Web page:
At the age of 10, I began going to Friedenswald Mennonite summer camp, in Cassopolis, Michigan. Being that I grew up in Indianapolis, with very few Mennonites, this is a place where I felt a sense of belonging. There was no American flag being raised in the mornings and no need to explain why I was abstaining from the pledge of allegiance or why would not put my hand over my heart for the National Anthem. Aside from that, many cousins were there and friends who were essentially like cousins because our parents had all grown up together, dated each other, vacationed together, etc. Some of the best memories were gathering around the campfire and singing each night.
Recently, I have had the looping memory of one particular song we used to sing. I cannot remember the entire song, but I do remember these lines, “I don’t want to be a Pharisee, I don’t want to be a Pharisee, ‘cause they’re not fair you see. I don’t want to be a Sadducee. I don’t want to be a Sadducee, ‘cause they’re so sad you see…” As I remember singing this and laughing with my Anglo-Mennonite friends, a feeling of nausea arises. I did not know this at the time, but Pharisees and Sadducees, were sects of Judaism, in 1st century Palestine. Essentially, I was a part of a group of majority white Christians who were gathered around a fire and singing, “I don’t want to be a Jewish person” Do I really need to draw the comparisons between that and a group of white men marching into Charlottesville, screaming “Jews will not replace us”?
I suppose the key difference is consciousness. I did not know that I was saying something anti-Semitic, but someone did. There were times when Christian superiority would seep out in a more direct way. The camp pastor, during my high school years, received a question about other religions and their validity. He said something like, “All the major religions are on the right track, but Christianity is the religion that all others are trying to live up to.” I had adored this pastor, but right then and there, I wrote him off. Similarly, I wrote off the idea of baptism because I could not affirm that “Jesus is the one truth, way and light.” When I was baptized in 2010, I made sure not to say those words. These ideas did not resonate with me because of how closely tied I felt to the Jewish community, in Indianapolis. I went to the JCC for summer day camp, took piano, swimming, and worked there during High School. Aside from that, I had many more Jewish friends than Mennonite ones in Indianapolis. Personally, the Jewish religious practices felt like they had more depth than other Christian spaces, like Young Life (I hated Young Life) So, these subtle and overt messages of Christian superiority made absolutely no sense to me.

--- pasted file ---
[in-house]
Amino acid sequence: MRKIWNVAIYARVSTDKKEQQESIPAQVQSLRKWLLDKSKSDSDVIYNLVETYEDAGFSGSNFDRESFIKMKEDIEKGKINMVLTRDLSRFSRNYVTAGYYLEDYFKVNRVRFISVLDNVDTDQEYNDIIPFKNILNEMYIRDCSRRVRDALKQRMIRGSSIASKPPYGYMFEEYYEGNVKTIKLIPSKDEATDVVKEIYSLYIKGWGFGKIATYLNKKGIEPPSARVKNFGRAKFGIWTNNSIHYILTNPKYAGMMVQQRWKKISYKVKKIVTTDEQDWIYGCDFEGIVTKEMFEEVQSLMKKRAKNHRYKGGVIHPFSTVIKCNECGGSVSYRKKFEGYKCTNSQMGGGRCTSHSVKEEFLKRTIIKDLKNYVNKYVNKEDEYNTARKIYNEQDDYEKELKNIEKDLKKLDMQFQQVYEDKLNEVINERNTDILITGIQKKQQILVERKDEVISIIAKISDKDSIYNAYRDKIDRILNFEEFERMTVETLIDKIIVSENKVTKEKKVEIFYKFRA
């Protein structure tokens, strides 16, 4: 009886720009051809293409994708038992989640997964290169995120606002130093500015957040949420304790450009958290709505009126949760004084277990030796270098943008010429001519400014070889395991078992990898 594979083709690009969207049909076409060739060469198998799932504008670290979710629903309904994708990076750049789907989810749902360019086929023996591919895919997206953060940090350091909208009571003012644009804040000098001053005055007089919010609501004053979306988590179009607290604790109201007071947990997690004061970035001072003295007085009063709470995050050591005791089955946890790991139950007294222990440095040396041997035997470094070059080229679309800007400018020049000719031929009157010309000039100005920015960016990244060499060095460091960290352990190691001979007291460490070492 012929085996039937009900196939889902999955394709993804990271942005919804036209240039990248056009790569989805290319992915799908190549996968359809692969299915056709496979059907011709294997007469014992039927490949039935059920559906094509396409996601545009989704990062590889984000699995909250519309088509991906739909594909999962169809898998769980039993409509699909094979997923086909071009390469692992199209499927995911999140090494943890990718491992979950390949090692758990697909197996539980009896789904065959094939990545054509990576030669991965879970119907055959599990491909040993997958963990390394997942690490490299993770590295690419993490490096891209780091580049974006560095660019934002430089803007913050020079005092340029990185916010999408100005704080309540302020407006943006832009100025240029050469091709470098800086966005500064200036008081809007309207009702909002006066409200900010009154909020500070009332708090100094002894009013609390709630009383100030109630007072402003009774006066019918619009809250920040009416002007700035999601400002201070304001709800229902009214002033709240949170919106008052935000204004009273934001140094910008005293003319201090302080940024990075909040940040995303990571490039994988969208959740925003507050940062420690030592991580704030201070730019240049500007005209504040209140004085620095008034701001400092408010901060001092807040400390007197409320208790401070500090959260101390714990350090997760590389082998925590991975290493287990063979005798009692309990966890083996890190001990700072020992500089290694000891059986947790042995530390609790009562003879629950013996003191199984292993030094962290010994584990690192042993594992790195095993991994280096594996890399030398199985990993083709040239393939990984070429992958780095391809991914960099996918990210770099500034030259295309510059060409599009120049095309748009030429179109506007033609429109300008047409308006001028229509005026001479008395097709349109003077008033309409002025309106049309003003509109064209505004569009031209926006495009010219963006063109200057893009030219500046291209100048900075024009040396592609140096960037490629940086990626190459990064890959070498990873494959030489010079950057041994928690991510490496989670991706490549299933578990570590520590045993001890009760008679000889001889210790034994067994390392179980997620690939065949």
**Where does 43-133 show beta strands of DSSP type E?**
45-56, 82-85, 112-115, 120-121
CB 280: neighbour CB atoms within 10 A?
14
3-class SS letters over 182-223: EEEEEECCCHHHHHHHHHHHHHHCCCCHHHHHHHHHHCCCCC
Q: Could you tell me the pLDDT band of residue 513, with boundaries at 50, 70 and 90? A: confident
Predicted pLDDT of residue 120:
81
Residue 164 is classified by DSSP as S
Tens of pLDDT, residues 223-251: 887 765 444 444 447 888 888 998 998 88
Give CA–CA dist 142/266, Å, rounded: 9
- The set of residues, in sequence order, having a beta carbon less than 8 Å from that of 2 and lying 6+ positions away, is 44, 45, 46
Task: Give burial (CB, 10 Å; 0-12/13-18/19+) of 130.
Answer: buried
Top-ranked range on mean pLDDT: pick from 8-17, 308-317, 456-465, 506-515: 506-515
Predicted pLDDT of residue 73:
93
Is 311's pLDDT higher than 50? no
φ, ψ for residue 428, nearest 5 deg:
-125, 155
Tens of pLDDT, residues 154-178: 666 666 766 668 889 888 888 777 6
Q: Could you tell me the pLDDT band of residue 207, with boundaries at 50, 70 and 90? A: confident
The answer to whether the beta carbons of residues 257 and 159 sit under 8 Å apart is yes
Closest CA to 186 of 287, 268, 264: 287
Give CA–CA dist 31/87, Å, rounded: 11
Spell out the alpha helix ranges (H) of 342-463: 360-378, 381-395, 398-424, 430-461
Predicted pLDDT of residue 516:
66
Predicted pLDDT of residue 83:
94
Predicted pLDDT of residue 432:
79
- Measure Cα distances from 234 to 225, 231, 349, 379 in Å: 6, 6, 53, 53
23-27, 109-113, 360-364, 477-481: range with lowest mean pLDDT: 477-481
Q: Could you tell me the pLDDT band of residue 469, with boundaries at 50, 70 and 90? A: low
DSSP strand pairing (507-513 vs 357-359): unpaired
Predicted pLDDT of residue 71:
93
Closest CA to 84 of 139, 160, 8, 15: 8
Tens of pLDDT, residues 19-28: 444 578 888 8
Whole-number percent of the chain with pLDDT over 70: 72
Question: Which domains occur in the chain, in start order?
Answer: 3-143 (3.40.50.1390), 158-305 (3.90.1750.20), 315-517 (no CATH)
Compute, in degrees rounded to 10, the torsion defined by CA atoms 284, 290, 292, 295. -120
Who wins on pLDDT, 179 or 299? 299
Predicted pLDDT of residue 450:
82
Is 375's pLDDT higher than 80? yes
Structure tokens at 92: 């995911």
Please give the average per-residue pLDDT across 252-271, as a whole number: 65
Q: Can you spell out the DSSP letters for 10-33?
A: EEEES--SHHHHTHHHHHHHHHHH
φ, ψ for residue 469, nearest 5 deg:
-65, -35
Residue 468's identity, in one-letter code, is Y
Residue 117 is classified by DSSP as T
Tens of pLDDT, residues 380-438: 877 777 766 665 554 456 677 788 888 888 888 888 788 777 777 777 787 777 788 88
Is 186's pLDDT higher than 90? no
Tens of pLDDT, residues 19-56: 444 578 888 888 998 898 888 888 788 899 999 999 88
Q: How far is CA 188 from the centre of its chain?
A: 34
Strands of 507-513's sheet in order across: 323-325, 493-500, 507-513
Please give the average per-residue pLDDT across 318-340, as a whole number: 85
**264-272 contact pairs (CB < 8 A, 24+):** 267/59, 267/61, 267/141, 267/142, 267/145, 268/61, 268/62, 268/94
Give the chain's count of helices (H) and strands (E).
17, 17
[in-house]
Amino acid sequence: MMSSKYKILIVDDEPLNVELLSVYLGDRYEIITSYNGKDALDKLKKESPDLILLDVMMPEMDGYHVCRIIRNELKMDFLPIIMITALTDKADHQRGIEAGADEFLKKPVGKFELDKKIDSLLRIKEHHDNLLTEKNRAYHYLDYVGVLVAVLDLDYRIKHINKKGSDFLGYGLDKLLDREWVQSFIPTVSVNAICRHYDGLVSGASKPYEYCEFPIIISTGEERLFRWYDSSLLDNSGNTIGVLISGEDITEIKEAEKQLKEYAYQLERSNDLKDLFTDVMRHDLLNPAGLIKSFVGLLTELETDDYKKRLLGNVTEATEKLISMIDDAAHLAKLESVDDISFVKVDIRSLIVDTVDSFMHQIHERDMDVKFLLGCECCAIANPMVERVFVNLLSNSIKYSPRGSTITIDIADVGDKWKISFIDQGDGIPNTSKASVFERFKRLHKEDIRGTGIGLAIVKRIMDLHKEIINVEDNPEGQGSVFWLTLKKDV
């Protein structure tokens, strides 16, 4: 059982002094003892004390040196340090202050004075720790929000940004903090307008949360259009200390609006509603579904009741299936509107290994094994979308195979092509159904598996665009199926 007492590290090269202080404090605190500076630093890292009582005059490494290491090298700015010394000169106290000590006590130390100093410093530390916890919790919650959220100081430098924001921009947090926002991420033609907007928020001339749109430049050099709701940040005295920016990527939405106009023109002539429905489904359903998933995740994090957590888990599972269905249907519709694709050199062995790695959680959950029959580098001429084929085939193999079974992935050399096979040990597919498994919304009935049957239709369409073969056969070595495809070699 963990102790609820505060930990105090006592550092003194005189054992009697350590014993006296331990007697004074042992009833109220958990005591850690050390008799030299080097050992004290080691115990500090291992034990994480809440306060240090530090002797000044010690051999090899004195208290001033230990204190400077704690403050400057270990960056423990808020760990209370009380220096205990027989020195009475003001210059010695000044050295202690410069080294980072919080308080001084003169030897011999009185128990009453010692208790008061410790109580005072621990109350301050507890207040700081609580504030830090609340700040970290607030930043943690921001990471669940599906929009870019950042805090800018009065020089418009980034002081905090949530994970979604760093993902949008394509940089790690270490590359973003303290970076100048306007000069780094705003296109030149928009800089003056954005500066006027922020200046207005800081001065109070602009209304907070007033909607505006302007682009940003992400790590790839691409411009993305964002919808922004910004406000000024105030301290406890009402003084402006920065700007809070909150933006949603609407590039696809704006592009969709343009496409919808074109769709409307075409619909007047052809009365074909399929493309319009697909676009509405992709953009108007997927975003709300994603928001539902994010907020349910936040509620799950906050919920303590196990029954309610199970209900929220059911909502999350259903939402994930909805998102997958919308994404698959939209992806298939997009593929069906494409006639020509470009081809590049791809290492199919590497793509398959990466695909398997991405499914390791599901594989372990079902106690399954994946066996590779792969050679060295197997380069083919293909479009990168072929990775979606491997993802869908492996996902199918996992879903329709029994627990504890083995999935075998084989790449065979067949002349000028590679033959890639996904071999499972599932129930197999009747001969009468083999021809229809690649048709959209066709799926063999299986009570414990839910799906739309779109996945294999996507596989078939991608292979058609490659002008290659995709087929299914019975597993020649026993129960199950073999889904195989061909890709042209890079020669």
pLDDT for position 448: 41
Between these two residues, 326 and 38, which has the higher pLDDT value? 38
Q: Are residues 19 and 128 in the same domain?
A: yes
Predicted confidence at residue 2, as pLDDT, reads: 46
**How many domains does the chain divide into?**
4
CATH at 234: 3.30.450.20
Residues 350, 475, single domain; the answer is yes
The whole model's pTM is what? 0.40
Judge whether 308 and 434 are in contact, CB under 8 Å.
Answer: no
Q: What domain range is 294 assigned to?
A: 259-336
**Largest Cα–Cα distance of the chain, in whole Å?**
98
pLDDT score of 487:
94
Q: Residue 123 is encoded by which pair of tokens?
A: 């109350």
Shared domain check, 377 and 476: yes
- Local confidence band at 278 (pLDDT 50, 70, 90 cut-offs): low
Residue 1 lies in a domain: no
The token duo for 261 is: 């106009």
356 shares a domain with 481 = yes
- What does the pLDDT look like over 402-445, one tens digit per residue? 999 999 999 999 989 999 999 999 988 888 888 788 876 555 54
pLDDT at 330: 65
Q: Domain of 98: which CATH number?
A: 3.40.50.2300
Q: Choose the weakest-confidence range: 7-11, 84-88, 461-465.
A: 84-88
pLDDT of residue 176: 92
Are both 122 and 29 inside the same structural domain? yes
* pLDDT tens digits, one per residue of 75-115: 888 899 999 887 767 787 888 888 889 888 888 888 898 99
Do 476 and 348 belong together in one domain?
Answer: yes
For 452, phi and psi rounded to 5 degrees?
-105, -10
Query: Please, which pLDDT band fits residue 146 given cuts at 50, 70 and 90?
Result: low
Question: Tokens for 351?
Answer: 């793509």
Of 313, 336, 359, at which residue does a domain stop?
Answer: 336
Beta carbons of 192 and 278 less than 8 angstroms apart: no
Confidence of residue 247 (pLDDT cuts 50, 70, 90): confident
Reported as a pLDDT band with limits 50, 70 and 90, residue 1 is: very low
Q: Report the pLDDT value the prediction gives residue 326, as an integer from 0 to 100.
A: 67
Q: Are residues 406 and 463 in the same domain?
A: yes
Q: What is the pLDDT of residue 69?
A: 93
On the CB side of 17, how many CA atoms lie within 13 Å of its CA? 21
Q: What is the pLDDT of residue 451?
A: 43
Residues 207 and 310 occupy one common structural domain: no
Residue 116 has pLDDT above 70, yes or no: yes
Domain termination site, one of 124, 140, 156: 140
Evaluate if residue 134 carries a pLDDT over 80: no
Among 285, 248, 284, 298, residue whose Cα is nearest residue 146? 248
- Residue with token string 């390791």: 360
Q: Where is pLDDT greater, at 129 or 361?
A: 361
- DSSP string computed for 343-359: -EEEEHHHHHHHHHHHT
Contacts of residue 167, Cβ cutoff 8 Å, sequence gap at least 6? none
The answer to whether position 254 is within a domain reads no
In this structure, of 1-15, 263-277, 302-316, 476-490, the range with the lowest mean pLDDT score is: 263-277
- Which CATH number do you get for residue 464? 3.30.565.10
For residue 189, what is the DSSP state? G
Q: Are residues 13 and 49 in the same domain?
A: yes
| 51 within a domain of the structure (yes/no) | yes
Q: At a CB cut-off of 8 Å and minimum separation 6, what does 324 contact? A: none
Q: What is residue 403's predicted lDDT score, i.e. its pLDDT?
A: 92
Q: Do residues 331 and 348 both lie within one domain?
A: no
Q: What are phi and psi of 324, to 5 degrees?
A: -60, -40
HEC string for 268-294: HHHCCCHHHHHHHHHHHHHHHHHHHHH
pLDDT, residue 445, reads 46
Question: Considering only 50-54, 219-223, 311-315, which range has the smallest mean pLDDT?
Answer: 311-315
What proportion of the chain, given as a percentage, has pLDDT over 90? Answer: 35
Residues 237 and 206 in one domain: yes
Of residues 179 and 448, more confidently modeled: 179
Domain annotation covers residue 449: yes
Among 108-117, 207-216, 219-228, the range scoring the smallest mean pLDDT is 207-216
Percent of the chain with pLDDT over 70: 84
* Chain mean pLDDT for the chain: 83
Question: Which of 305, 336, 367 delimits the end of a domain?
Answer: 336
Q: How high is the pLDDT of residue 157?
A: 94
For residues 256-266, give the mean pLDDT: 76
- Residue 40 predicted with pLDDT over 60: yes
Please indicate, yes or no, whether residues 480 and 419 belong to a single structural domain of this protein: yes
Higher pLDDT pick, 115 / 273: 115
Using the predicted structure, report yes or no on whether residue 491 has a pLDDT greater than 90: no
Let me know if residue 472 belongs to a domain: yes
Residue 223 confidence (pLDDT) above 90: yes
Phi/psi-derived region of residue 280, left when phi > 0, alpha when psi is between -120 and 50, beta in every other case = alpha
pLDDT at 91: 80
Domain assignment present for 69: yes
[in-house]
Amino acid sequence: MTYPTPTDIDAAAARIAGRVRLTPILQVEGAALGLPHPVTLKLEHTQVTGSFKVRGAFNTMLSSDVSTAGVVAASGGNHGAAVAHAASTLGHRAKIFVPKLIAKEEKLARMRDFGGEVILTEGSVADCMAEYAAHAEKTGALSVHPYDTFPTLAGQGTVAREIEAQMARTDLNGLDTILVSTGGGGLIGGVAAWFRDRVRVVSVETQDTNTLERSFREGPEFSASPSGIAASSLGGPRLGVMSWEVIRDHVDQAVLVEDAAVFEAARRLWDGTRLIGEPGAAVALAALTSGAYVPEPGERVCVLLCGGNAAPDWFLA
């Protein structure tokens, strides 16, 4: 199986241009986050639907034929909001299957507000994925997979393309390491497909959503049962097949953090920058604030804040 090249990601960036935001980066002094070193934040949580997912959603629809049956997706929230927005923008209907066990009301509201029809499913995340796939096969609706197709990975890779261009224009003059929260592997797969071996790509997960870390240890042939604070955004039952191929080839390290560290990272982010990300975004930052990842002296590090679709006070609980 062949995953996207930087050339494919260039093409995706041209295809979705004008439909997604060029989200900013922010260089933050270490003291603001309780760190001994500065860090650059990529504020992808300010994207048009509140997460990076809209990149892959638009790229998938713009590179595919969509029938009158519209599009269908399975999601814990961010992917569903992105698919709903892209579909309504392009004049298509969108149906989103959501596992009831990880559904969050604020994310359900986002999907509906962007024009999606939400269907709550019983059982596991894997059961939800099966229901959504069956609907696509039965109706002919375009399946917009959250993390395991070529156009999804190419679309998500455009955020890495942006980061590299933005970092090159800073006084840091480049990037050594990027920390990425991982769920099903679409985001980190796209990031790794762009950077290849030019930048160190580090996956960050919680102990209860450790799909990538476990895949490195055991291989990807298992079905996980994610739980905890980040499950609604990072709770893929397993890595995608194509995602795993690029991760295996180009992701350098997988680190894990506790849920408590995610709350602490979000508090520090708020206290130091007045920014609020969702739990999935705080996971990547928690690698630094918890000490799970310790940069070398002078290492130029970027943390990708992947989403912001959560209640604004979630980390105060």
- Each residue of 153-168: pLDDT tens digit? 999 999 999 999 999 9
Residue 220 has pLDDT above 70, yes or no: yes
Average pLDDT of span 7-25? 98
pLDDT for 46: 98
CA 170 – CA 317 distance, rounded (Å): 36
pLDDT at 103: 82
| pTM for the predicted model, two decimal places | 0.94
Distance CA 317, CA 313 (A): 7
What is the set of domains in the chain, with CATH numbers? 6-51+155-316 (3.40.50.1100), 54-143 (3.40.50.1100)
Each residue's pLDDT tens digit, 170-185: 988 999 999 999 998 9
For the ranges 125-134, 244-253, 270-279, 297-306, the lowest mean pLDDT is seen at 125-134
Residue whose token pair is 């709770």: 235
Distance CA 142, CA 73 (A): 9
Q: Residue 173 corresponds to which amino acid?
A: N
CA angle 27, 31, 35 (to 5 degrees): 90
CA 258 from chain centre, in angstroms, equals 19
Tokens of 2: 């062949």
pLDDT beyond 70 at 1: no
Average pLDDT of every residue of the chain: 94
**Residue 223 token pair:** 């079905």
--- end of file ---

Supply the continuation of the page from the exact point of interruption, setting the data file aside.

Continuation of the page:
In the wake of the stark rise in all forms of bigotry towards minority groups, we are called to assess the unconscious permeations in our own families and communities. These very overt expressions of anti-Semitism, racism, homophobia shine a light on our own subtle and unconscious expressions of these -isms.
As I reflect on the Mennonite Conference this summer, I continue to think about our process regarding the Israel/Palestine resolution. I think it gives us a huge opportunity for self-reflection as we engaged in an internal process, which effected those outside of our community. The resolution that was submitted was the result of two years of work, put in by a ten-person reference group of composed of Palestinians, Israelis and American Jewish people. The resolution was presented to the delegate body and passed with overwhelming approval. The summary of this resolution is as follows: